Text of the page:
A mountain of mushrooms for 200 tonnes of tangerines: North and South Korea swap gifts of food in latest goodwill gesture
- Two tonnes of pine mushrooms were sent by North Korean leader Kim Jong-un during his September summit with the South’s President Moon Jae-in
- In return, Seoul has airlifted four planes full of tangerines to Pyongyang from the southern island Jeju, where they are grown
South Korea has sent 200 tonnes of tangerines to the North in return for mushrooms Pyongyang gave earlier, Seoul said on Monday, in the latest reconciliatory gesture between the neighbours.
Seoul is pushing ahead with a rapprochement with the nuclear-armed North while its security ally the US insists pressure on Pyongyang should be maintained until it denuclearises.
The tangerines – a rarity in the North – were being airlifted to Pyongyang from the southern island of Jeju, where they were grown, in four flights, the last one scheduled for Monday afternoon.
The delivery of fruit reciprocate two tonnes of pine mushrooms sent by North Korean leader Kim Jong-un during his September summit with the South’s President Moon Jae-in, Seoul’s presidential office said.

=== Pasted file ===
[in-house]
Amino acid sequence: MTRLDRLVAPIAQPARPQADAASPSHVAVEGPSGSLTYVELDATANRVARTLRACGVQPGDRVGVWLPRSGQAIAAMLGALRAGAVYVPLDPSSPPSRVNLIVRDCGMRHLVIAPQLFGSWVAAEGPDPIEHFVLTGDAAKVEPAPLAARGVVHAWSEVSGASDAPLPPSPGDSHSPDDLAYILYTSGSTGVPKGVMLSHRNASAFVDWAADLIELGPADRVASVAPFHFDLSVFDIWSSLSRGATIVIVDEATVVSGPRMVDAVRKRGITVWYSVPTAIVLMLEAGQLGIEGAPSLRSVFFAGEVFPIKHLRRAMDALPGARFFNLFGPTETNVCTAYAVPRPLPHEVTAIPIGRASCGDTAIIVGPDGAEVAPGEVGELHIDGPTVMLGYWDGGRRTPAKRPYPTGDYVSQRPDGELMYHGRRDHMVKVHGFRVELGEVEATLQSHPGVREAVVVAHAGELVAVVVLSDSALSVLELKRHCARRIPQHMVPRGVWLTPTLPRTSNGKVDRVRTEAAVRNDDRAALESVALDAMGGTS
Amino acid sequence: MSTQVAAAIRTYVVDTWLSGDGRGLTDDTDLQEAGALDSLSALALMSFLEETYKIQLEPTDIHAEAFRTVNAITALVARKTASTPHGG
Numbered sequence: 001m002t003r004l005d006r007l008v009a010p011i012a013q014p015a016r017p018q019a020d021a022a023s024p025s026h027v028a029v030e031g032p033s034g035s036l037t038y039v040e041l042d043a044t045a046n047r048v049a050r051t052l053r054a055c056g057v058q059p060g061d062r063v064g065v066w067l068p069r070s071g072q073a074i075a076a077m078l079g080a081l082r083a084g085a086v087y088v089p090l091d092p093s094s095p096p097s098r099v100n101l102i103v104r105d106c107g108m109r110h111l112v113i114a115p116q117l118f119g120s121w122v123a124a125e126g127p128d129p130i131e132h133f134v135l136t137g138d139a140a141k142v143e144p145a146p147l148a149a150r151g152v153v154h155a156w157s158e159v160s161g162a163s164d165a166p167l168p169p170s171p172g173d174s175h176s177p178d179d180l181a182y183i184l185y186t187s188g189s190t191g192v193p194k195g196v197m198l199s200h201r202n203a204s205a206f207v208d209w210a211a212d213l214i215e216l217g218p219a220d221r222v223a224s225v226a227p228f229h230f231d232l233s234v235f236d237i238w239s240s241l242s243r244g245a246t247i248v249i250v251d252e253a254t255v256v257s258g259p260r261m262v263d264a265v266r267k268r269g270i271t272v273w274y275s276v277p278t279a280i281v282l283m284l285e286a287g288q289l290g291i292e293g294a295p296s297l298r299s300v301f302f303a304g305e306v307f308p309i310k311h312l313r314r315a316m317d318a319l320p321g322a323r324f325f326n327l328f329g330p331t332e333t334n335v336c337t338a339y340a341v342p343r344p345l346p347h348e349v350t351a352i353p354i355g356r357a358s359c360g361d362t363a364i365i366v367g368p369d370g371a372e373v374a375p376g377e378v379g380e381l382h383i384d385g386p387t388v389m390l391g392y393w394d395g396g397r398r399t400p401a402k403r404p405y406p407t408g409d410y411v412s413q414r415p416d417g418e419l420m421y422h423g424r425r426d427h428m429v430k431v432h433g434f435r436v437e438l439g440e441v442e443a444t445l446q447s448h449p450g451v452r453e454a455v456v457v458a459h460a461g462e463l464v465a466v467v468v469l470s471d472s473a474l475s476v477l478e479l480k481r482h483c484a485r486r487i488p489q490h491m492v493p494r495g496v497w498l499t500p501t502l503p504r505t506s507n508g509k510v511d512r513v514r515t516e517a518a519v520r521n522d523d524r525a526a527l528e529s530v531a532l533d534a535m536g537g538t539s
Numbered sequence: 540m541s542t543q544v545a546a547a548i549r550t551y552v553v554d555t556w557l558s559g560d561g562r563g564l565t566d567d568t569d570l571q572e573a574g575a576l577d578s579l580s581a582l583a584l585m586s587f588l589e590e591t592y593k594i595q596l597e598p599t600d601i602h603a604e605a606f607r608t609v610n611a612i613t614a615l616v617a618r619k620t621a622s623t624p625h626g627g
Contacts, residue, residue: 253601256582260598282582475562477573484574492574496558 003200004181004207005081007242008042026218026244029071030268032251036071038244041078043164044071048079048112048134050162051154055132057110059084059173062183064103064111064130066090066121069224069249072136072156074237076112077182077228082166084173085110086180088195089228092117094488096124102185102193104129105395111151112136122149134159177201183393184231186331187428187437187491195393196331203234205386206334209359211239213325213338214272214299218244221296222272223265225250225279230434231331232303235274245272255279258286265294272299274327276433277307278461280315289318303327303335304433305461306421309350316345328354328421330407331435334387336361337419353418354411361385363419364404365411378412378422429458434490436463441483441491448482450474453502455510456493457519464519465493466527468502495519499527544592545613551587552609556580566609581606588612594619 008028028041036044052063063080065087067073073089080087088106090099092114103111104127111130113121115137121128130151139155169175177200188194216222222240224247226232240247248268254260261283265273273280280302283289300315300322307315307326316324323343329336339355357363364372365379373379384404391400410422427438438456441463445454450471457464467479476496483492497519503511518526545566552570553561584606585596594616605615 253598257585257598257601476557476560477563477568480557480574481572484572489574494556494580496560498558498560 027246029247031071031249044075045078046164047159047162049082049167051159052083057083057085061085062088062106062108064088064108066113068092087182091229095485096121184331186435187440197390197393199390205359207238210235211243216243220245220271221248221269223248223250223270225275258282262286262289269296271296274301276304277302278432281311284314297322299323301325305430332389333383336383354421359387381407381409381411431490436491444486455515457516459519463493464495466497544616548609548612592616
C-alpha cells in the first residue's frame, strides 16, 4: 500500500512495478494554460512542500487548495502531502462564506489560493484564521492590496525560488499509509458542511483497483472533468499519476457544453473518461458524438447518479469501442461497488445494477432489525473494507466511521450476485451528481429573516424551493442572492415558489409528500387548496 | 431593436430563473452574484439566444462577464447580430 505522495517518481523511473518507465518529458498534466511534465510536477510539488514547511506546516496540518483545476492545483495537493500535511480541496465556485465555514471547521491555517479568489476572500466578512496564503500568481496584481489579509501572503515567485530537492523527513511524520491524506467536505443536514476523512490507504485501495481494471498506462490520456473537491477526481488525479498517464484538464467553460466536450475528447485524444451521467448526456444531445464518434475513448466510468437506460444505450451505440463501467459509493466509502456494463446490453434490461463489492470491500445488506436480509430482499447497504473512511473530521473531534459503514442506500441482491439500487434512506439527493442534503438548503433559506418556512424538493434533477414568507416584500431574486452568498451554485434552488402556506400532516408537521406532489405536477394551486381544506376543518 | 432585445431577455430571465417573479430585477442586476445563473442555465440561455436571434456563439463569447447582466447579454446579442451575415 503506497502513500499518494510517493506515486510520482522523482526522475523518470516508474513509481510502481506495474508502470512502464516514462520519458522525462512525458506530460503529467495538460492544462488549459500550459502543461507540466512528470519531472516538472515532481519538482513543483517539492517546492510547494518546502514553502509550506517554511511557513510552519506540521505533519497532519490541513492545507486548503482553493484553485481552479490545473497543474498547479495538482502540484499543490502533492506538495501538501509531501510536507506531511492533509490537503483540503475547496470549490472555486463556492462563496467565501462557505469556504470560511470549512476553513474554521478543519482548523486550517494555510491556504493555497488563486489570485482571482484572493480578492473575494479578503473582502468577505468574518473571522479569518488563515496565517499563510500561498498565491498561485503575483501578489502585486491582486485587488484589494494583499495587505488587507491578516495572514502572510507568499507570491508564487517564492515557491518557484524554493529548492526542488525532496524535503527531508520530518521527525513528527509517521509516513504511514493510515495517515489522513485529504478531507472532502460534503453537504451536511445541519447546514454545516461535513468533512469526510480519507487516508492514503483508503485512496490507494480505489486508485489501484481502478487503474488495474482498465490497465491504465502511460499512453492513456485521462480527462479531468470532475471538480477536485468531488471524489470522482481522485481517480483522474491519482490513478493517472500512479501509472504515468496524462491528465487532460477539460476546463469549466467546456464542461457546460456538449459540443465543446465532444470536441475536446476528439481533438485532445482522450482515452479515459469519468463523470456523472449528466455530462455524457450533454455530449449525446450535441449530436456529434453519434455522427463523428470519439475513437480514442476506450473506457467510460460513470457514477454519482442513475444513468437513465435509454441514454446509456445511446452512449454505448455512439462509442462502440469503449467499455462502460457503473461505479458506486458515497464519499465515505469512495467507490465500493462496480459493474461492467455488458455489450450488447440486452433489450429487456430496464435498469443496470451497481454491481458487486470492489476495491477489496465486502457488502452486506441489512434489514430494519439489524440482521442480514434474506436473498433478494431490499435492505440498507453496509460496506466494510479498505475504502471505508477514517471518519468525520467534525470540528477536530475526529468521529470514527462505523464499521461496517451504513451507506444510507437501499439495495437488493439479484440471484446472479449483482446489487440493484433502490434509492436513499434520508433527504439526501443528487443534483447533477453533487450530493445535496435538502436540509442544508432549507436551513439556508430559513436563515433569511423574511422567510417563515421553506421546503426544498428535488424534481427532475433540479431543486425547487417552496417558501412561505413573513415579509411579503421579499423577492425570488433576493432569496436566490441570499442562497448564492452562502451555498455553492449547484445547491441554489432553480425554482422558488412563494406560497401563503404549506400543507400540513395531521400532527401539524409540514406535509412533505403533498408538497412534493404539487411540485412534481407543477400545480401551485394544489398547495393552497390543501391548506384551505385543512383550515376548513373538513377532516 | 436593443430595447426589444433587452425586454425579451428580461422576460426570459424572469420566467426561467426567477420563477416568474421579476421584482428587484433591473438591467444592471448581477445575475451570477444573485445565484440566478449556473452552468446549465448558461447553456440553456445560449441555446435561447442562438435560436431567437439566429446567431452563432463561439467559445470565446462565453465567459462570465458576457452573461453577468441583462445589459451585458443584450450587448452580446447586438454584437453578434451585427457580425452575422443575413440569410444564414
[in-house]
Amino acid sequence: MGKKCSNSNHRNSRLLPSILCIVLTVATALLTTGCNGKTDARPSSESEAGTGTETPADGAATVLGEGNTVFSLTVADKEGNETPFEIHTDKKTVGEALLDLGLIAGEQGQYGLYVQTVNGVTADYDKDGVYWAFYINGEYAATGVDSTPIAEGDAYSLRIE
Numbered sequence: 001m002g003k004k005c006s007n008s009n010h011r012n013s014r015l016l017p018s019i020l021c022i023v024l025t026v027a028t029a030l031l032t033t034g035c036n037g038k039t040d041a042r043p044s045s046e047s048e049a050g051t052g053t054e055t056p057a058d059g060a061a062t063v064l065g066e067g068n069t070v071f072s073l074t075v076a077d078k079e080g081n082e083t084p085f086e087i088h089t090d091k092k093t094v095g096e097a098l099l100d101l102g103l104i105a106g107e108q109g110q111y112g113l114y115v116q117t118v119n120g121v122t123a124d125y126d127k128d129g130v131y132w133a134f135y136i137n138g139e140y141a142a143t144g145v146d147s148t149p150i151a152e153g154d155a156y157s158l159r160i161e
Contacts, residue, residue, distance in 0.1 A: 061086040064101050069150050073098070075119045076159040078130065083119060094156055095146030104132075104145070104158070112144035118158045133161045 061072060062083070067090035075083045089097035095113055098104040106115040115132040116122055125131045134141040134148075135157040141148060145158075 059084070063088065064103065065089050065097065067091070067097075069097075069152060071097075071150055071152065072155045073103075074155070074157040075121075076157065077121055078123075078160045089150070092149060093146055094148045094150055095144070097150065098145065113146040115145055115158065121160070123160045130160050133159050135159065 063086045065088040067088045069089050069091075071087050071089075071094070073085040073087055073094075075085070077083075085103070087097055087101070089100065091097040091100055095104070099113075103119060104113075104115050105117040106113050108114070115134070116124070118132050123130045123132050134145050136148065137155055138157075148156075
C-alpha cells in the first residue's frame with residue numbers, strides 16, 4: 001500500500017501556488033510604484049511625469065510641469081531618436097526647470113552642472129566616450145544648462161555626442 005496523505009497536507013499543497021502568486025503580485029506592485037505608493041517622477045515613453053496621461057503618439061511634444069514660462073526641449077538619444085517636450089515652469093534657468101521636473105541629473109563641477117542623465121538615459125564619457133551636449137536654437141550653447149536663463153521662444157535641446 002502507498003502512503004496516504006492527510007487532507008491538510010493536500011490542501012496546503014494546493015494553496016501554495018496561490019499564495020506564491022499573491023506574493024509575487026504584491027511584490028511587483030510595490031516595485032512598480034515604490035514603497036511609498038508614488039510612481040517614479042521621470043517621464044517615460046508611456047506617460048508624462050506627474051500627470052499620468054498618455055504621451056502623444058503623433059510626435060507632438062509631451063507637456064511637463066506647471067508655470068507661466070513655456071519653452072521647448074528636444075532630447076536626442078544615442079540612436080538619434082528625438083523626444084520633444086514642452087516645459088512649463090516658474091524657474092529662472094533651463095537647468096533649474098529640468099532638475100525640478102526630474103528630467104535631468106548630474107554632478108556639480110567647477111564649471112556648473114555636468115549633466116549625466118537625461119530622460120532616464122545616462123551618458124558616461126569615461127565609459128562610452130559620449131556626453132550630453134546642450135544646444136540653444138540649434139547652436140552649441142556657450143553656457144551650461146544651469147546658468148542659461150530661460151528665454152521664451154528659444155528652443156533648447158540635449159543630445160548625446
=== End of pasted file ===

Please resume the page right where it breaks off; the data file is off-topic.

The pine mushrooms – a delicacy claimed to help prevent heart diseases and diabetes, and one of the North’s key exports to China – were distributed to families separated from relatives in the North.
“Tangerines are a speciality of the South that ordinary North Koreans normally don’t have access to,” said Moon’s spokesman on Sunday.
His office did not elaborate on the fruits’ value but local media, citing local tangerine prices, estimated it at about 400 to 500 million won (US$350,000-440,000).
Opposition politicians were critical. “This action runs counter to the current atmosphere of the international community,” said Liberty Korea Party floor leader Song Hee-kyung in a statement.
“South Koreans are sick and tired of such sentimental moves.”
Moon – a dovish leader who advocates dialogue with the North to nudge it toward denuclearisation negotiations – has met Kim three times so far and is seeking to hold another summit in Seoul soon.
Kim also gave Moon a pair of North Korean indigenous hunting dogs after the September summit – one of which gave birth to six puppies on Friday, according to the South Korean leader.
“The gift of two dogs now grew to six more dogs. It’s a good fortune for us,” Moon said on Facebook on Monday, adding: “I hope inter-Korea ties will also be like this.”
But the peace push has increasingly met with scepticism at home and abroad as denuclearisation talks between Pyongyang and Washington falter.
North Korea last week asked for a planned meeting between US Secretary of State Mike Pompeo and Kim’s right-hand man Kim Yong-chol to be delayed.
No clear explanation was given, but Pyongyang is demanding that sanctions imposed on it over its weapons programmes are eased, while Washington insists that they should stay in place until the North denuclearises.